Archimedes reportedly shouted: “Eureka!” from his bath when he realized that a sinking object displaces a mass of water equal to its weight (as opposed to an equal volume of water). Ever since, the concept of specific gravity, known to schoolchildren and physicists alike, has been a cornerstone of our understanding of the physical world. But a new aspect of this basic law of physics, one that Archimedes never saw, has now been revealed.
Prof. Gregory Falkovich, Head of the Physics of Complex Systems Department, has been with the Weizmann Institute since moving to Israel from the former Soviet Union 14 years ago. He found that different types of very small objects floating on an inclined water surface move either upward or downward, depending on whether or not they “love” the water. The explanation: A water-loving, or hydrophilic, material displaces more water, by weight, than its own mass, and the resulting imbalance causes it to be carried upward. In contrast, hydrophobic - water-hating - materials displace less water than their weight, and these materials gradually move down the slope.
This surprising new spin on one of the most basic laws of physics was discovered when Prof. Falkovich and Dr. Sergei Lukaschuk of the University of Hull, England, were observing the movements of small beads floating on a standing wave. A standing wave does not really stand, but the water’s movements - up, down, forward and backward - cancel each other out, so that the average movement is zero. In this situation, anything floating on the wave should stay in one place. But the two scientists noted that tiny Teflon beads, which are “water-haters,” moved down the wave, while small, water-loving glass beads advanced up the wave. These findings may help explain, among other things, how oil droplets or pieces of trash form clumps in the ocean.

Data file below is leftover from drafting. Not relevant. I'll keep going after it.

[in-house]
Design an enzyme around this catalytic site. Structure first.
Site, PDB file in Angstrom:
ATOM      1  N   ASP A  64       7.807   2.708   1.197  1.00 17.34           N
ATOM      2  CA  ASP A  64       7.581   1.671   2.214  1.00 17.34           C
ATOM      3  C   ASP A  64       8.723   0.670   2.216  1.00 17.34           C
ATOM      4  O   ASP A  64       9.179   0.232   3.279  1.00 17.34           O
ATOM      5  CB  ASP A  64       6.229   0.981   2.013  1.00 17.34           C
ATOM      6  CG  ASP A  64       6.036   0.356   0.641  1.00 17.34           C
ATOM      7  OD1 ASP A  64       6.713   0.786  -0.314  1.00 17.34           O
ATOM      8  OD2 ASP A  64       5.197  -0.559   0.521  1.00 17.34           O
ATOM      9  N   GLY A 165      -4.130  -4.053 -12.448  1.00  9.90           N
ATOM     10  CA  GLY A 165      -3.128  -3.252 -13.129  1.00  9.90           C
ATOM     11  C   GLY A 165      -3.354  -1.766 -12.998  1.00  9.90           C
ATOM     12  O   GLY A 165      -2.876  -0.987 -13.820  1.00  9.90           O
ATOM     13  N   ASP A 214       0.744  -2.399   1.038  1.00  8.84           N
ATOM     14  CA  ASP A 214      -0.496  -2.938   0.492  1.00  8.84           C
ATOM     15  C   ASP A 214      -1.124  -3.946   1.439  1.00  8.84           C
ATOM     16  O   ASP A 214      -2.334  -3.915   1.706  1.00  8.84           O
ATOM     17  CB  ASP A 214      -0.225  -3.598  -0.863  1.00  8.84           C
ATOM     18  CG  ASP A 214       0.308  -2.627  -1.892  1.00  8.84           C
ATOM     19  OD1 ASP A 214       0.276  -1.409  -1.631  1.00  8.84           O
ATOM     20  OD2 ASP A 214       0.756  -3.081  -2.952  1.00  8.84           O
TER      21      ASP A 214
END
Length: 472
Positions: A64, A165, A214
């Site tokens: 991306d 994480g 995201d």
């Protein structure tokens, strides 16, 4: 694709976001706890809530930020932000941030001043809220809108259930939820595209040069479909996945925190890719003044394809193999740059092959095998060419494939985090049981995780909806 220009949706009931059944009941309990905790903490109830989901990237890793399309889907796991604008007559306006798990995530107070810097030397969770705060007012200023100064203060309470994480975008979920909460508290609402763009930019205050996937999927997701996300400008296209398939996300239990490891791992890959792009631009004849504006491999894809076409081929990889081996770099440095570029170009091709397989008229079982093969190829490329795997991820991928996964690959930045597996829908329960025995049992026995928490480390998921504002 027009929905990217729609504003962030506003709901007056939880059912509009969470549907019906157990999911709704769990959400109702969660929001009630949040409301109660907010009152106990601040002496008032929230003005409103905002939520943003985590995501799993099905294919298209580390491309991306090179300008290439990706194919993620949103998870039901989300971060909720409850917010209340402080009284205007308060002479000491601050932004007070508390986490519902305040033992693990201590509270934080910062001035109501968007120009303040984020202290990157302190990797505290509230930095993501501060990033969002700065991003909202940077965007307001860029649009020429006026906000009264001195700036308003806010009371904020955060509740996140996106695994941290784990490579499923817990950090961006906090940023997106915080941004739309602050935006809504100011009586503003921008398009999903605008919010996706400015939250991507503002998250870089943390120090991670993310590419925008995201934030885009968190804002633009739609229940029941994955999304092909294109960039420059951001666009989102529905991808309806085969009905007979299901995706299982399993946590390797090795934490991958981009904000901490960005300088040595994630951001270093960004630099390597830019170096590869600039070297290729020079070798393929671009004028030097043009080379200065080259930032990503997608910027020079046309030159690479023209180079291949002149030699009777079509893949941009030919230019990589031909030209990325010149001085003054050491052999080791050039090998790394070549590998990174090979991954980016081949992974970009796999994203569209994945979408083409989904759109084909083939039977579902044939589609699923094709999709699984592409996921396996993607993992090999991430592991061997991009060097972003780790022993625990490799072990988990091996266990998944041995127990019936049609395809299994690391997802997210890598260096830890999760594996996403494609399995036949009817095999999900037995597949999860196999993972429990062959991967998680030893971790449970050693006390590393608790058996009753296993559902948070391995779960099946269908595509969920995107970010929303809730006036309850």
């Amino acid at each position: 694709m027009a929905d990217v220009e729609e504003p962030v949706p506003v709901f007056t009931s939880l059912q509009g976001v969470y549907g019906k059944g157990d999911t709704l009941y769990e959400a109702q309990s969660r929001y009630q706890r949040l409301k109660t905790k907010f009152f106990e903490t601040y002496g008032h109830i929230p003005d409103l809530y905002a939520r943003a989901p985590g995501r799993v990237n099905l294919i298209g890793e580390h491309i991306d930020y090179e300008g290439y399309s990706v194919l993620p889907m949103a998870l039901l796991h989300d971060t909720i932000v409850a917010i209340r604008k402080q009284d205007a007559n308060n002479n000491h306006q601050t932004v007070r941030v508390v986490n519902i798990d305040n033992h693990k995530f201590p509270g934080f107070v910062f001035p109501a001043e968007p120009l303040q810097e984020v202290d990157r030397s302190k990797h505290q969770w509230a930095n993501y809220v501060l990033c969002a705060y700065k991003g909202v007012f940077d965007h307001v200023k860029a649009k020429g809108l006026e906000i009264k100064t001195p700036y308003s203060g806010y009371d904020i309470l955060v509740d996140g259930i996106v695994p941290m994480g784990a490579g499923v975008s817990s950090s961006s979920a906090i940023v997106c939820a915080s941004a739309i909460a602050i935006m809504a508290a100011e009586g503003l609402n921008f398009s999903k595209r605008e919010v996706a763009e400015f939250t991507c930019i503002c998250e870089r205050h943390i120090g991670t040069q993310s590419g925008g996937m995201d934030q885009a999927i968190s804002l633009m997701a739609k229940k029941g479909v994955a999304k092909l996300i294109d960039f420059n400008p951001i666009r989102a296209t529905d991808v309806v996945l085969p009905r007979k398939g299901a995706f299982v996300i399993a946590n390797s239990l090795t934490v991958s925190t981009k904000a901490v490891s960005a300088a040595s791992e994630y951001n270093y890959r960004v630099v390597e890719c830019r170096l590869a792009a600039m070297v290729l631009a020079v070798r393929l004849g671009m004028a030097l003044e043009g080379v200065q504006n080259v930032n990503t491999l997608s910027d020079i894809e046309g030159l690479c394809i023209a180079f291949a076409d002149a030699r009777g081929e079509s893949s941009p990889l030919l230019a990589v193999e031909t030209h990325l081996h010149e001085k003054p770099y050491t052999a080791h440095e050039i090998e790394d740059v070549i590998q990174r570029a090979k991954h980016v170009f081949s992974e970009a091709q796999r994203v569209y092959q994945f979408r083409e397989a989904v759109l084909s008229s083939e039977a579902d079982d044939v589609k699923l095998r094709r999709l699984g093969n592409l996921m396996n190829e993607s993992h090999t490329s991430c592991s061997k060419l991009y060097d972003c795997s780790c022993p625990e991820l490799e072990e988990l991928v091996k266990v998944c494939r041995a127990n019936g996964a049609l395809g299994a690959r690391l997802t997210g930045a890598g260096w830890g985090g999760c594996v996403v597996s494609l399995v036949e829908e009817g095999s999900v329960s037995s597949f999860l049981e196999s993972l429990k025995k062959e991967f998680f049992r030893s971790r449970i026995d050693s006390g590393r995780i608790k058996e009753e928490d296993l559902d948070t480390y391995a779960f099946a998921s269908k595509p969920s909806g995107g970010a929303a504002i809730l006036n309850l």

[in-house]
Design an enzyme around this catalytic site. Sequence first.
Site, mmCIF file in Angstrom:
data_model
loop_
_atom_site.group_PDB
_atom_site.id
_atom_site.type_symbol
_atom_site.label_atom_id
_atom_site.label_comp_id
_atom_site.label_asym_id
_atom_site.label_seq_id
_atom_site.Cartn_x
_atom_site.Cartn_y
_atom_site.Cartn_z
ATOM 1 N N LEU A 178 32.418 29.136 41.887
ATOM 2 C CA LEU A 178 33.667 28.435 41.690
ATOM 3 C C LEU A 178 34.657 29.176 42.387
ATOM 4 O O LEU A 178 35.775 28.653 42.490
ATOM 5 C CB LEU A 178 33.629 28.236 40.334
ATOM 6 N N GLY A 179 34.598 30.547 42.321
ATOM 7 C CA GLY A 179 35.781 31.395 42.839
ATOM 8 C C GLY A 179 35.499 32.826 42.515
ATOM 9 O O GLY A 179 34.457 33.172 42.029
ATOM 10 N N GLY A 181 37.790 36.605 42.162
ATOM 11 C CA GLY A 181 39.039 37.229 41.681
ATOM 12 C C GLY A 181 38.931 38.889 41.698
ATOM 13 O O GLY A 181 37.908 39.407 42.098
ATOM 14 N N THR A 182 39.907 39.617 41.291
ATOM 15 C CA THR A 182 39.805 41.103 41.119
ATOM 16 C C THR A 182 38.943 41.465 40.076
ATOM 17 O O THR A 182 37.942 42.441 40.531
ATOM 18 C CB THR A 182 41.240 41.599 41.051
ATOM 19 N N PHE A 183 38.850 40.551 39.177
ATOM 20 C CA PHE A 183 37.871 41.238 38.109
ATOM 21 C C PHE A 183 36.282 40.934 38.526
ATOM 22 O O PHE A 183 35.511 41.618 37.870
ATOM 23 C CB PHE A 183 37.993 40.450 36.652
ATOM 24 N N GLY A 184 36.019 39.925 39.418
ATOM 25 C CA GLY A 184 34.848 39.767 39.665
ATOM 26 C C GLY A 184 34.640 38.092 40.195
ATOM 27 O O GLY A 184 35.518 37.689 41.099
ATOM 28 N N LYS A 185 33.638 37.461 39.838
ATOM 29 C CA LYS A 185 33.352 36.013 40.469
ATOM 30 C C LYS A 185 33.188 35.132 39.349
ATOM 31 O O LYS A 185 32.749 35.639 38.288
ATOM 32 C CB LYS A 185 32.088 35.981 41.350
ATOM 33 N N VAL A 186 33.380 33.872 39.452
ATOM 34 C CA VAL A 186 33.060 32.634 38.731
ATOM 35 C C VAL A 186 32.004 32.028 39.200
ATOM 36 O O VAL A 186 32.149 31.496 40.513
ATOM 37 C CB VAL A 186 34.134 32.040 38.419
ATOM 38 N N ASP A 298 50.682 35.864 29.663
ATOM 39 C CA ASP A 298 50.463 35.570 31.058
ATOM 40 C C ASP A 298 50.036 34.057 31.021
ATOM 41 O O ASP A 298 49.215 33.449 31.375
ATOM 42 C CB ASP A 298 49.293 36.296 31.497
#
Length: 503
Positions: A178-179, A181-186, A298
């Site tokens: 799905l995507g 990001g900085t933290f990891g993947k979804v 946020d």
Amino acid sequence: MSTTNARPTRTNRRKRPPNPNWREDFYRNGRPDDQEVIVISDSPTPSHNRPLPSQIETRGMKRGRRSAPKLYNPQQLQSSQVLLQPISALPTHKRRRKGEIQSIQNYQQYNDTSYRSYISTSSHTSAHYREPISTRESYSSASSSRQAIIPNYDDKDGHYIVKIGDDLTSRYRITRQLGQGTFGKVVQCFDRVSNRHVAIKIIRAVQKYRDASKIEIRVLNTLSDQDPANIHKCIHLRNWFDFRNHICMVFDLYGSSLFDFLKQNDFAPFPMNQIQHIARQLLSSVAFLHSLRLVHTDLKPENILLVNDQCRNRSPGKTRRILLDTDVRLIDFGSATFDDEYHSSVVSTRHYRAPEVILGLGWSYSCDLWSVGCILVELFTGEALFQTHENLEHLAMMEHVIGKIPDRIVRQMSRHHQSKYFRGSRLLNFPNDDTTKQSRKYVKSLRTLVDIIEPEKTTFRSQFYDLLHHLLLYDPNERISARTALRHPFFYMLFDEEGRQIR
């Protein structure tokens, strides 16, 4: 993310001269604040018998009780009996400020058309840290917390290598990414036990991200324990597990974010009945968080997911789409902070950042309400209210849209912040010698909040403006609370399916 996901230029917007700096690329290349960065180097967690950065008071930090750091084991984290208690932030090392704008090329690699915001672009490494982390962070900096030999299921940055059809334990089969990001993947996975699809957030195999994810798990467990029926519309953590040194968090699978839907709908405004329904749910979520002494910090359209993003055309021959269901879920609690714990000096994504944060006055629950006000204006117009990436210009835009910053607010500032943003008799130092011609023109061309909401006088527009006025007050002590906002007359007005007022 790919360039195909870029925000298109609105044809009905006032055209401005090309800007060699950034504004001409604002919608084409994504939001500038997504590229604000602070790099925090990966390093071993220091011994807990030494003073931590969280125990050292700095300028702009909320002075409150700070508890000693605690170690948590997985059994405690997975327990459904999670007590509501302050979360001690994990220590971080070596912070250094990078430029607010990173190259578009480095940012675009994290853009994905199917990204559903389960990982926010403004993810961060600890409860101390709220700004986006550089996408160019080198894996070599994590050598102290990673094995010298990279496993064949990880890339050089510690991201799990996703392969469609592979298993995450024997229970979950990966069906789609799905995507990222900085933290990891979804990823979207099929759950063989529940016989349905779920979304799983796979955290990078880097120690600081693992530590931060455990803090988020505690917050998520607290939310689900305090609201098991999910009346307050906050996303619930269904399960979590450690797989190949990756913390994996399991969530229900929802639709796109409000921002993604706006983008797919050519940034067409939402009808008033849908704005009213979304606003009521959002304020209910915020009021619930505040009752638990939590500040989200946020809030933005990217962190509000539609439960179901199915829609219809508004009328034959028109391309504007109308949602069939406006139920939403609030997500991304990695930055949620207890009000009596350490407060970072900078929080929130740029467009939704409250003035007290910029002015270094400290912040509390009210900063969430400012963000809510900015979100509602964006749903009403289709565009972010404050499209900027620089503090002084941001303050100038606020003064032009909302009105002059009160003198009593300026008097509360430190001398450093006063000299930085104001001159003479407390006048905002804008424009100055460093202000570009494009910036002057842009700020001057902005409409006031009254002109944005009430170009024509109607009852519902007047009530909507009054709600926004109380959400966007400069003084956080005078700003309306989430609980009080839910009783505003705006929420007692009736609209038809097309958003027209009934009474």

Falkovich: “Revealing a new facet of a basic law of physics is an event that doesn’t happen every day. In a sense, I feel as though I’ve had the privilege of crossing the time barrier and talking to Archimedes, one of the founding fathers of physics.”
Prof. Gregory Falkovich’s research is supported by the Gabriel Alhadeff Research Fund and the Edward D. and Anna Mitchell Family Foundation.